How does foot drop develop in patients with diabetes?

Updated: Mar 23, 2020
  • Author: James W Pritchett, MD; Chief Editor: Vinod K Panchbhavi, MD, FACS  more...
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Patients with a combination of neurologic, muscular, and anatomic dysfunction typically are diabetic and develop loss of protective sensation and proprioception that leads to unperceived trauma. This is coupled with an autonomic neuropathy that results in loss of sympathetic vasoconstriction and enhanced pedal blood flow, causing demineralization and subsequent bone weakness.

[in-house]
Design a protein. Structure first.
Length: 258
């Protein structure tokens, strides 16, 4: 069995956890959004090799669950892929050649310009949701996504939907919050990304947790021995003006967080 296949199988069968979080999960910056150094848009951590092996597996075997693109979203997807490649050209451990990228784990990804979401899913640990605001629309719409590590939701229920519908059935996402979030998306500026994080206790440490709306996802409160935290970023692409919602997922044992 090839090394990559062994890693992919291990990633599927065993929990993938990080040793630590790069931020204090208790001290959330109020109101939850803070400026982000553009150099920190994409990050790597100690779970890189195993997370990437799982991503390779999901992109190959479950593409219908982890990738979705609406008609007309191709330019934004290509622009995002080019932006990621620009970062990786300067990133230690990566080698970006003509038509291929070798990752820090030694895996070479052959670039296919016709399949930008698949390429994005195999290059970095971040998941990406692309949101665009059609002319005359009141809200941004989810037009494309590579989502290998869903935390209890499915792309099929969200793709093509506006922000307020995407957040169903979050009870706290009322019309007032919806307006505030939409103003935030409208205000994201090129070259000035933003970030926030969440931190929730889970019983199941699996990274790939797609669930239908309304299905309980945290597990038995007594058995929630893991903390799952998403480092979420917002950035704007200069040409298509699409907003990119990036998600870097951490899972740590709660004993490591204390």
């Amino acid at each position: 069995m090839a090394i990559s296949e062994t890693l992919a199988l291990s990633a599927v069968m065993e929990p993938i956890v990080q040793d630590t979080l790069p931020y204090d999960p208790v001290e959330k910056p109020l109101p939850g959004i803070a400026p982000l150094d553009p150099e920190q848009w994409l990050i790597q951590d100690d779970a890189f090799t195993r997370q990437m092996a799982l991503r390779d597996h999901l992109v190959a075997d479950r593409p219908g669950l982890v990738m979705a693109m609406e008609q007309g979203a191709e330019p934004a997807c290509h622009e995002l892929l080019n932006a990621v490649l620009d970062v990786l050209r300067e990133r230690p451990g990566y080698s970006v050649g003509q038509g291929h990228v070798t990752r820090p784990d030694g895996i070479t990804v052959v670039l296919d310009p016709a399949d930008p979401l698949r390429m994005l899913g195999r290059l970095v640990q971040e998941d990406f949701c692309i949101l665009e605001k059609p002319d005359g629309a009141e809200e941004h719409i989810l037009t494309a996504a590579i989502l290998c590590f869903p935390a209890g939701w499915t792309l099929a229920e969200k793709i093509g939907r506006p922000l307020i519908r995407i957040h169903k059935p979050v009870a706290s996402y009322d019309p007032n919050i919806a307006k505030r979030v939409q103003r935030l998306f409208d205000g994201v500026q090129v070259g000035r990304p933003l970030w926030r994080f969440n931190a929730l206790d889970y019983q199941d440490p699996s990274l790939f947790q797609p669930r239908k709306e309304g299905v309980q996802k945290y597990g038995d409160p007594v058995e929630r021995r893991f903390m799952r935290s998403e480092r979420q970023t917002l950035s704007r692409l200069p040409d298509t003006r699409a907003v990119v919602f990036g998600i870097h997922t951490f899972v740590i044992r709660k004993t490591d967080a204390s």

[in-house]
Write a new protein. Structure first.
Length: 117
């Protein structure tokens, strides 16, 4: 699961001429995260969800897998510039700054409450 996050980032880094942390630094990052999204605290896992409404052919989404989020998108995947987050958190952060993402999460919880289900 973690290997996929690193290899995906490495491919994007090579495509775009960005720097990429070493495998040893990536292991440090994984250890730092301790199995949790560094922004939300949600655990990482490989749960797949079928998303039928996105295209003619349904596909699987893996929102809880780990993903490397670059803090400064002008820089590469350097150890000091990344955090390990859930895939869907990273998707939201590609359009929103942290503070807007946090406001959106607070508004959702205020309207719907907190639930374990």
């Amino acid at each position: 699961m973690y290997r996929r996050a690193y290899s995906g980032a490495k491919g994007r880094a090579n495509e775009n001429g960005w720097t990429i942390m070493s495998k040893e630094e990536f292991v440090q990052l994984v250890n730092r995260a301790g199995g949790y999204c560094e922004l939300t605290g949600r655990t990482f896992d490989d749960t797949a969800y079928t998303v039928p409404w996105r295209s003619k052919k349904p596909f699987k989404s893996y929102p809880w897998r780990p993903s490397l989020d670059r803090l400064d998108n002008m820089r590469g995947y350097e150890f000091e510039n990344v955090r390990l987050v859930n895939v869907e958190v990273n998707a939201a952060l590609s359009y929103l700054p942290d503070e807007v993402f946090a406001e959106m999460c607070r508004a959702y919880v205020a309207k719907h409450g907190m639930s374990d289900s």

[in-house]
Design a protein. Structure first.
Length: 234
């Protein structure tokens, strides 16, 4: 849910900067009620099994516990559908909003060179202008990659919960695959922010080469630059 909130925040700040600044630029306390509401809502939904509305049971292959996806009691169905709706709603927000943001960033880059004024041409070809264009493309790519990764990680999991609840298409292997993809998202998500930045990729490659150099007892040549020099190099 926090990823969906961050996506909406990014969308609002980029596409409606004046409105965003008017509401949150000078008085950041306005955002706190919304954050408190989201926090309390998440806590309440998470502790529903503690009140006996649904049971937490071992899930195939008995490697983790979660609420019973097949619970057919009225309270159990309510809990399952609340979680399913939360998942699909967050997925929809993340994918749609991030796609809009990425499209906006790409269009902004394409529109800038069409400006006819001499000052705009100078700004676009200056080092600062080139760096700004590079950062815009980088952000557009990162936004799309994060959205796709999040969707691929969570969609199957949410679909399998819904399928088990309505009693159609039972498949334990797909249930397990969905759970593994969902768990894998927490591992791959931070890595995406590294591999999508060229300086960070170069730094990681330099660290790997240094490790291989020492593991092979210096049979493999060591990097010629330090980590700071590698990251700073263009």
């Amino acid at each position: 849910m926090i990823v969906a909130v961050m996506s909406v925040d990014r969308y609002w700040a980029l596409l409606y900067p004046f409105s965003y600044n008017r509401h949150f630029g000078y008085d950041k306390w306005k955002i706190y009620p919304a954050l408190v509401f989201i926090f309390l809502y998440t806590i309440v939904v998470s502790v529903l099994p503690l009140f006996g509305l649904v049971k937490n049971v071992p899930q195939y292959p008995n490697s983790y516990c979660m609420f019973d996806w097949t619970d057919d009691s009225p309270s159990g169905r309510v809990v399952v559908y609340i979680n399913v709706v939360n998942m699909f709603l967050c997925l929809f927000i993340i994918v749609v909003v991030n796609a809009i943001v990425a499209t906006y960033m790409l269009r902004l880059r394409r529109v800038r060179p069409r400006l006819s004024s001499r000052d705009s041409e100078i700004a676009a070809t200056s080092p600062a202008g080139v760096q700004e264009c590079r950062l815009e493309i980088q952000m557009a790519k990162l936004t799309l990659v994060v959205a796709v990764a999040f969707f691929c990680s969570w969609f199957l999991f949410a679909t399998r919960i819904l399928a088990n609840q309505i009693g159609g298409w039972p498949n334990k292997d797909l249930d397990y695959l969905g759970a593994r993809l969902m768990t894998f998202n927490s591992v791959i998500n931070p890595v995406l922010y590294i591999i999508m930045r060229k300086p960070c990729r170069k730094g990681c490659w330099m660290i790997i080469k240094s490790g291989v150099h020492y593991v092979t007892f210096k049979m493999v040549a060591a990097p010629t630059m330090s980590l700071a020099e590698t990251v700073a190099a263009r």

Unperceived trauma, demineralization, and bone weakness culminate in destruction of the tarsal bones. This, in turn, leads to formation of a bony block at the ankle joint and foot drop. Progressive motor neuropathy is also present, in which the muscles weaken in a distal-to-proximal manner, resulting in loss of strength in the anterior compartment. The anterior muscles are overpowered by the Achilles tendon, and this leads to abnormal pronator stress at the midtarsal joint, which further encourages osseous breakdown and foot drop.

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